Late blight, caused by the oomycete plant pathogen Phytophthora infestans, is a devastating disease of potato and was responsible for epidemics that led to the Irish potato famine in 1845 (refs 1,2,3,4,5). Before the 1980s, worldwide populations of P. infestans were dominated by a single clonal lineage, the US-1 genotype or Ib mitochondrial DNA (mtDNA) haplotype, and sexual reproduction was not documented outside Mexico, the centre of diversity of the pathogen6,7. Here we describe the amplification and sequencing of 100-base-pair fragments of DNA from the internal transcribed spacer region 2 from 28 historic herbarium samples including Irish and British samples collected between 1845 and 1847, confirming the identity of the pathogen. We amplified a variable region of mtDNA that is present in modern Ib haplotypes of P. infestans, but absent in the other known modern haplotypes (Ia, IIa and IIb)8. Lesions in samples tested were not caused by the Ib haplotype of P. infestans, and so theories that assume that the Ib haplotype is the ancestral strain need to be re-evaluated4,7. Our data emphasize the importance of using historic specimens when making inferences about historic populations.
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DNA sequence data can be found in GenBank under accession nos AF004277–AF004280 (ITS and rDNA of four modern isolates); AY027652–AY027655, AF349576–AF349587 (PINF/Herb amplification of spacer region 2 from four modern isolates and herbarium specimens); AY003908–AY003919 (mtDNA P2 region for three modern isolates of each haplotype); AF348598–AF348609 (mtDNA P4 region for three modern isolates of each haplotype); and AF349588–349601 (P2F4/R4 amplification of mtDNA from four modern haplotypes and herbarium specimens).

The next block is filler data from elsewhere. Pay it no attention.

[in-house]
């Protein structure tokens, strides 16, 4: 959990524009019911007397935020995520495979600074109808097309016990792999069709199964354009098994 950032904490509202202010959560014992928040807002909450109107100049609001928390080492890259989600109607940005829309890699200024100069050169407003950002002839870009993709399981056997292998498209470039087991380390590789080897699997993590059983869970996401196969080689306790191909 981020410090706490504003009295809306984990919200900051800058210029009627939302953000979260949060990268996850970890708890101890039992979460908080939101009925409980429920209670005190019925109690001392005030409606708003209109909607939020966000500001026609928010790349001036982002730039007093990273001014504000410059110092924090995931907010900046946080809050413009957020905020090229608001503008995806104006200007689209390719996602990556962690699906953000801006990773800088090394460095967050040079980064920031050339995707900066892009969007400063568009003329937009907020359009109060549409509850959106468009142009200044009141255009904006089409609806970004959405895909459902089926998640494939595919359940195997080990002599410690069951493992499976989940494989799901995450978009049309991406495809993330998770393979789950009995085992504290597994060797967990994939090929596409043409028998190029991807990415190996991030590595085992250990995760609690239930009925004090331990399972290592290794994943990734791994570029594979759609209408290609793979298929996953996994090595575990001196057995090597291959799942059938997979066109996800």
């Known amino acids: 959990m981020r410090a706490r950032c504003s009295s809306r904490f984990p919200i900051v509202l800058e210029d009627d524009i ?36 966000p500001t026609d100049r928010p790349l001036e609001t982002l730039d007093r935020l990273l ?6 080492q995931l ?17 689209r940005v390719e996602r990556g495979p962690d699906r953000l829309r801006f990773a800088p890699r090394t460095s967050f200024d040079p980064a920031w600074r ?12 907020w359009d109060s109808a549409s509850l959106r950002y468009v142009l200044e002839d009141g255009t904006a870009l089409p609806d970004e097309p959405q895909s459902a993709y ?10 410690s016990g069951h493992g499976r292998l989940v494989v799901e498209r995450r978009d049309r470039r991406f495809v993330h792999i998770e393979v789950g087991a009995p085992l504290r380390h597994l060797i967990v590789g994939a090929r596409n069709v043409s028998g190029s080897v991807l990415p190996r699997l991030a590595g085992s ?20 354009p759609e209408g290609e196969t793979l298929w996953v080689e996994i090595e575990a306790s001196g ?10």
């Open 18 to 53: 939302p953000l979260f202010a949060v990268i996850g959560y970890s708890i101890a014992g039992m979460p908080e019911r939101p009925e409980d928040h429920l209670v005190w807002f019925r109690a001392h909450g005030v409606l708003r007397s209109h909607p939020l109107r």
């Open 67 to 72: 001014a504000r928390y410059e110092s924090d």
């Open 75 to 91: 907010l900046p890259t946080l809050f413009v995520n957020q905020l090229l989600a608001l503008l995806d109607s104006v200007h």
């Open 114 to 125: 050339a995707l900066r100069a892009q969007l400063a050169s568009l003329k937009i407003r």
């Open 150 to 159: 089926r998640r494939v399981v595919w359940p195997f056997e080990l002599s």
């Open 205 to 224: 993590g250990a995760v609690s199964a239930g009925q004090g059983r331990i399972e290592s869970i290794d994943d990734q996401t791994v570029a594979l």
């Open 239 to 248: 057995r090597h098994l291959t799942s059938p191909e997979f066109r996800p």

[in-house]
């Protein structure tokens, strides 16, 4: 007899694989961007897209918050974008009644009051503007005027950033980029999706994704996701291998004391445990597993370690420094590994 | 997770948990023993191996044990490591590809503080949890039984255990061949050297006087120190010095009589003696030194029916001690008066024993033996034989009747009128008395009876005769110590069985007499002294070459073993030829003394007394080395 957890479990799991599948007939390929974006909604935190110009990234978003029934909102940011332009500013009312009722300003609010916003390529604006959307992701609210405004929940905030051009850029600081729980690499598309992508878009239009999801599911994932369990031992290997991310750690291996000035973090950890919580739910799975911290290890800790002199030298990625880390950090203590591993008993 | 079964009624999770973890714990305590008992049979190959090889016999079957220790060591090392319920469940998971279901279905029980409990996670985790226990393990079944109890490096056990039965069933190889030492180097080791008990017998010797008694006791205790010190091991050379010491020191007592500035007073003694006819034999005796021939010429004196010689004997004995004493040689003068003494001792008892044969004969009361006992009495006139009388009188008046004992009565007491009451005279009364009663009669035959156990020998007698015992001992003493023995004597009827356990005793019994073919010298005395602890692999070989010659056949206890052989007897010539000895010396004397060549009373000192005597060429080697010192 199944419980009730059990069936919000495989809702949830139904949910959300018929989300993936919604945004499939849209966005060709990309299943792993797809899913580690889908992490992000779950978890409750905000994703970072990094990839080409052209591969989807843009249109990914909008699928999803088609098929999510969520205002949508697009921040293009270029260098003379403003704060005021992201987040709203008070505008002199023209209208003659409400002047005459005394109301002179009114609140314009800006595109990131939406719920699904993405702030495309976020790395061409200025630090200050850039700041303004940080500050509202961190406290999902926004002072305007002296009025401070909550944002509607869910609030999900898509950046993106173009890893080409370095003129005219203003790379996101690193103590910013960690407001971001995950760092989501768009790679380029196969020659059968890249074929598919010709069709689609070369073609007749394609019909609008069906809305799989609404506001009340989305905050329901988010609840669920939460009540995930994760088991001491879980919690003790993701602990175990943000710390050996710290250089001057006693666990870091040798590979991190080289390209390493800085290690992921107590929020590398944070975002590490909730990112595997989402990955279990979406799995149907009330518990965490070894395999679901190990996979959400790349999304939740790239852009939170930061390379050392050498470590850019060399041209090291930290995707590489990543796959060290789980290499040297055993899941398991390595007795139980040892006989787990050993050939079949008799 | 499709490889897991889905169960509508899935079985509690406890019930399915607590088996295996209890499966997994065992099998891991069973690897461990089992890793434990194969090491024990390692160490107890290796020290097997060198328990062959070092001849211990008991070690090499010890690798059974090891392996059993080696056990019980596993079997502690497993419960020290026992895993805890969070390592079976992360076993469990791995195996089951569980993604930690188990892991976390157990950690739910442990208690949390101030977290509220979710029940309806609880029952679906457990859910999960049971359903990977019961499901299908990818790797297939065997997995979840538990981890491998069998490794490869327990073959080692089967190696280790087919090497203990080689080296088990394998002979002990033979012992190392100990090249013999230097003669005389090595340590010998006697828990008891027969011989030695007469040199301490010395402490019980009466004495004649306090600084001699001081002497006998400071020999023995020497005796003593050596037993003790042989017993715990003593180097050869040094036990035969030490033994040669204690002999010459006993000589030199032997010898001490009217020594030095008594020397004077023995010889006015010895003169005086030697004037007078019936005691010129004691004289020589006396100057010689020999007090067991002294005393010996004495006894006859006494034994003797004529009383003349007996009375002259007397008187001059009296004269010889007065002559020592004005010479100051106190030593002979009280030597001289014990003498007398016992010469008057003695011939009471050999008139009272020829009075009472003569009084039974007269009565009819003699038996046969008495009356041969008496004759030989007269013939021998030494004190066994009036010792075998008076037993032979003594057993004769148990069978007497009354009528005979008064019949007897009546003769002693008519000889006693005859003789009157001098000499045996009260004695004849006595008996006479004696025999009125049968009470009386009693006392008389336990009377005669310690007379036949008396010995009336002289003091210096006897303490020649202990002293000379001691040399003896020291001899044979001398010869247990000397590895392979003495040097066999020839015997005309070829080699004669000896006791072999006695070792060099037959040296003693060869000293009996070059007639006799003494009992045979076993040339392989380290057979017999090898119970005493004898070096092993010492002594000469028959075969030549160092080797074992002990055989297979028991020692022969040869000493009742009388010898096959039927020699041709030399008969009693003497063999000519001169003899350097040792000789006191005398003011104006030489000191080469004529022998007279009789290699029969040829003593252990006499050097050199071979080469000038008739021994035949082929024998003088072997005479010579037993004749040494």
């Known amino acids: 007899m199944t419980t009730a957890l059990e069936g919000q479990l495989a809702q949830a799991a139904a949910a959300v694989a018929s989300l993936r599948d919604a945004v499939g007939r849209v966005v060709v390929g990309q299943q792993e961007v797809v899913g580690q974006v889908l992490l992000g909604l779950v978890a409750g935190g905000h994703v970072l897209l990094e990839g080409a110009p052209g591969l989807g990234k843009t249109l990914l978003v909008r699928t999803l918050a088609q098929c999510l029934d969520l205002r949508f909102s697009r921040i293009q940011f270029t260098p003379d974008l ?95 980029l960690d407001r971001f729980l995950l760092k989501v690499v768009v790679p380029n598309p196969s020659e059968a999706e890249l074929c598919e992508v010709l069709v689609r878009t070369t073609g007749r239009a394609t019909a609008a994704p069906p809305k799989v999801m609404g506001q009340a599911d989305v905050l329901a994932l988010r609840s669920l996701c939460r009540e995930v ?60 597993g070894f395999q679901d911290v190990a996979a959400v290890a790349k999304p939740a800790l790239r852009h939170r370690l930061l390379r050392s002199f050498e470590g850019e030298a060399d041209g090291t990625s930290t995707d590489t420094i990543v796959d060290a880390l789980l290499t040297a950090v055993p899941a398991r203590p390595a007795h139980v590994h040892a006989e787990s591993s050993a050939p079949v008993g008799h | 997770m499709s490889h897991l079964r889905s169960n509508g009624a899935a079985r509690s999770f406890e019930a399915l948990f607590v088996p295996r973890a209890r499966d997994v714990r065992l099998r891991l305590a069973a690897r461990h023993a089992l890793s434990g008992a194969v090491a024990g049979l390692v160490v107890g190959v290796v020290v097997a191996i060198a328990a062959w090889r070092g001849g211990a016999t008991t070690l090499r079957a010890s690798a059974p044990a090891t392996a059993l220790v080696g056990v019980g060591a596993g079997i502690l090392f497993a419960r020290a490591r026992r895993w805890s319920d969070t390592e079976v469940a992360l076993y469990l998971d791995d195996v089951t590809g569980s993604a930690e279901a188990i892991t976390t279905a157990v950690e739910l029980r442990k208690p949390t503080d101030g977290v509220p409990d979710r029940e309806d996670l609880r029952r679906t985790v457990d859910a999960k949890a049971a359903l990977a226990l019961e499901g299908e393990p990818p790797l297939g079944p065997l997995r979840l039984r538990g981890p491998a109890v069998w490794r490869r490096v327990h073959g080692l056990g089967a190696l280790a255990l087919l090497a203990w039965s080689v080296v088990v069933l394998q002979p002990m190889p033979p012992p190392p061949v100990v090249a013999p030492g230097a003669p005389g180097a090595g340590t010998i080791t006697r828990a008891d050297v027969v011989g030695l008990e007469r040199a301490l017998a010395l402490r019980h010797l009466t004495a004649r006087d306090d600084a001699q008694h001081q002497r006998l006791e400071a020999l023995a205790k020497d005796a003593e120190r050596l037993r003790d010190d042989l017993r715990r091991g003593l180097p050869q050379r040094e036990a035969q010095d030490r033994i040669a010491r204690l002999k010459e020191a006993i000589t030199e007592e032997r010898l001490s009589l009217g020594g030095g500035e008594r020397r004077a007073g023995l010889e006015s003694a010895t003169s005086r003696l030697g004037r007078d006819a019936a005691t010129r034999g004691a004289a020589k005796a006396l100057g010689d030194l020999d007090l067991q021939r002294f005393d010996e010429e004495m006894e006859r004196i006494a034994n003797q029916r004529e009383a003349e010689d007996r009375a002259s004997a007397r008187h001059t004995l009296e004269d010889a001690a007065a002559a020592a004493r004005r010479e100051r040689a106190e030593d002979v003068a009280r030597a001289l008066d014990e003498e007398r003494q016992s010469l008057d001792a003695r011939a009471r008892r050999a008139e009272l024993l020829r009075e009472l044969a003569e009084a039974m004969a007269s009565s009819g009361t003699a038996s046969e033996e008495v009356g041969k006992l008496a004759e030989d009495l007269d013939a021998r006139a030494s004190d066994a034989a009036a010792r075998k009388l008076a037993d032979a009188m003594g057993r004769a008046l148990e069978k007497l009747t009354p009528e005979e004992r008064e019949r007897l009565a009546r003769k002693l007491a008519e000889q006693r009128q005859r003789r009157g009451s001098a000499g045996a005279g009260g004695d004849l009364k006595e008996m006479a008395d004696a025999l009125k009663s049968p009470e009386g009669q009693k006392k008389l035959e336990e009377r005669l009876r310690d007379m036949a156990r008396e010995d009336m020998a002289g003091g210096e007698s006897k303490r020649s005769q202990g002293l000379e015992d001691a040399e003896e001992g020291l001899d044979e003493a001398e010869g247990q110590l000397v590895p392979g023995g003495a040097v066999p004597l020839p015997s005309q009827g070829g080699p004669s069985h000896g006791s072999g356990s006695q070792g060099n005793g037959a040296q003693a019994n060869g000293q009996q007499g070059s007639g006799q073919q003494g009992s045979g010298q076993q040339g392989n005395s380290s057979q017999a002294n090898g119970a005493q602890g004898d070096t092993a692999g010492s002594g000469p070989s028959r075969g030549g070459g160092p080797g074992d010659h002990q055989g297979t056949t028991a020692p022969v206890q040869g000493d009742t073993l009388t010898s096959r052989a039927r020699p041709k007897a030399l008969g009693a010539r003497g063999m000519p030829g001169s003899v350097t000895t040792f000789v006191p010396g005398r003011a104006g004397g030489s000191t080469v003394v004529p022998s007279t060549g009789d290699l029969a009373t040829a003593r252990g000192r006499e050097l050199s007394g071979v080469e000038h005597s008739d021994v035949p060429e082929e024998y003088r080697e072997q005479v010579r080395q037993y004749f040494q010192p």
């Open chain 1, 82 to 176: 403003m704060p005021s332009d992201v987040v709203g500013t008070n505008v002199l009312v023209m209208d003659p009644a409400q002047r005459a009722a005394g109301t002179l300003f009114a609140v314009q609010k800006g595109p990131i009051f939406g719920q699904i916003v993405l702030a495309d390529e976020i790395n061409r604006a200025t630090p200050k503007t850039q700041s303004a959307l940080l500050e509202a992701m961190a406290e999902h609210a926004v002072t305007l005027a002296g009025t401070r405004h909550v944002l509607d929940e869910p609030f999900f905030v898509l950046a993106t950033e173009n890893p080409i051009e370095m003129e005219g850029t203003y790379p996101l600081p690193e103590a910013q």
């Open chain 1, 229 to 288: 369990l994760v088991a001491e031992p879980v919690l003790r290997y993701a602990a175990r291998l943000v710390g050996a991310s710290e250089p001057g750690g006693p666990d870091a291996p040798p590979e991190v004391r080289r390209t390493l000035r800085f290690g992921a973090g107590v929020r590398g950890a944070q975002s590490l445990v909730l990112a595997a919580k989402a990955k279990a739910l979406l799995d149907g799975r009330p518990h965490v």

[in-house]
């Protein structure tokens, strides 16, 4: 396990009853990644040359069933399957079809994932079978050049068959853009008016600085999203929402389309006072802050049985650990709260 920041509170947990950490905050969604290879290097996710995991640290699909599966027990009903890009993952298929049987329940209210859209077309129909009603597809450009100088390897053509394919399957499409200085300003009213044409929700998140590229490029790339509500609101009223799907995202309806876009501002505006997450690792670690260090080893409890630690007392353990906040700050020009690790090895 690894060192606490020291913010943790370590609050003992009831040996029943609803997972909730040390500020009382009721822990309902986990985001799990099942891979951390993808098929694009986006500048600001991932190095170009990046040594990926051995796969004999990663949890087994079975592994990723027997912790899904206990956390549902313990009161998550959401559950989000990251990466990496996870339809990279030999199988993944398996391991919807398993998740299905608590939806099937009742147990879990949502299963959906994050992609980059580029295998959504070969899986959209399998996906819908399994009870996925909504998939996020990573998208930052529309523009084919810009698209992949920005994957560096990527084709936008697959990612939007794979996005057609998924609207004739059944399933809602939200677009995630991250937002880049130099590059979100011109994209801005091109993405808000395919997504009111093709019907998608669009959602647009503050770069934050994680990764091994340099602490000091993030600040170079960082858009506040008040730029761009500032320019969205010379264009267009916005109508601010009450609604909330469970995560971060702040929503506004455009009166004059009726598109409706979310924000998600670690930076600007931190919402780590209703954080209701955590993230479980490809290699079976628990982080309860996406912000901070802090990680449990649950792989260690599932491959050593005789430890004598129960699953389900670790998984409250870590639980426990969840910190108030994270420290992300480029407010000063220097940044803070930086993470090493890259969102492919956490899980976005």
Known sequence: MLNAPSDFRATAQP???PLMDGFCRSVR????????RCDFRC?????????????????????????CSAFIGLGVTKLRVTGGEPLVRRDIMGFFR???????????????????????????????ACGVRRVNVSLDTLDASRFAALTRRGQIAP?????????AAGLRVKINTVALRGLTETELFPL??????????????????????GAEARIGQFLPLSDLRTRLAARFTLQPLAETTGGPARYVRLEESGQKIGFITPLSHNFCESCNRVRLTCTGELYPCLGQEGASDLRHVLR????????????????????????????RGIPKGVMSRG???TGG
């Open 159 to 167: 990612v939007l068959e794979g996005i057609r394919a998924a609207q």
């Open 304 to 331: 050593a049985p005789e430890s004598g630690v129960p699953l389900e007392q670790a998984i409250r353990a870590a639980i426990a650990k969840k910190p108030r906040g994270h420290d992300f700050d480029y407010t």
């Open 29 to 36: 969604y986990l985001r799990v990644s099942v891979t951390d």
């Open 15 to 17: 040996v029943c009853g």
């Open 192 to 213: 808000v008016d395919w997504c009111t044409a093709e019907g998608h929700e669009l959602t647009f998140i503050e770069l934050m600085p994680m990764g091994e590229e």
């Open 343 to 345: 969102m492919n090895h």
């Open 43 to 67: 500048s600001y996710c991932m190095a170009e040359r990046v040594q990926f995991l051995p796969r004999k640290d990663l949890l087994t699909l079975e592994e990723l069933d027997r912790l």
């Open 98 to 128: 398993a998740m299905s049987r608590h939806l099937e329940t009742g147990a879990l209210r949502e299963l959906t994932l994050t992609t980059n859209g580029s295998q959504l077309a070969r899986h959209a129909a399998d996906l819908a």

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This research was supported in part by a grant from the National Geographic Society and in part by the North Carolina State University Agricultural Research Service and the North Carolina State University Office of International Programs. We thank K. May for producing the gels for final publication; J. Thomas, NCSU for use of the Phytotron Facility Laboratory; M. Chase, Jodrell Laboratory, Royal Botanic Gardens, Kew, England, for use of his lab facilities; and D. Pegler and B. Spooner, Mycology Herbarium, Royal Botanic Gardens, Kew, England; A. Rossman, US National Fungus Collections, USDA; M. Jebb, National Botanic Gardens, Glasnevin, Dublin, Ireland; and D. Pfister, Farlow Herbarium, Harvard University for providing access to specimens. Statistical advice from J. Thorne is appreciated.
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Ristaino, J., Groves, C. & Parra, G. PCR amplification of the Irish potato famine pathogen from historic specimens. Nature 411, 695–697 (2001). https://doi.org/10.1038/35079606
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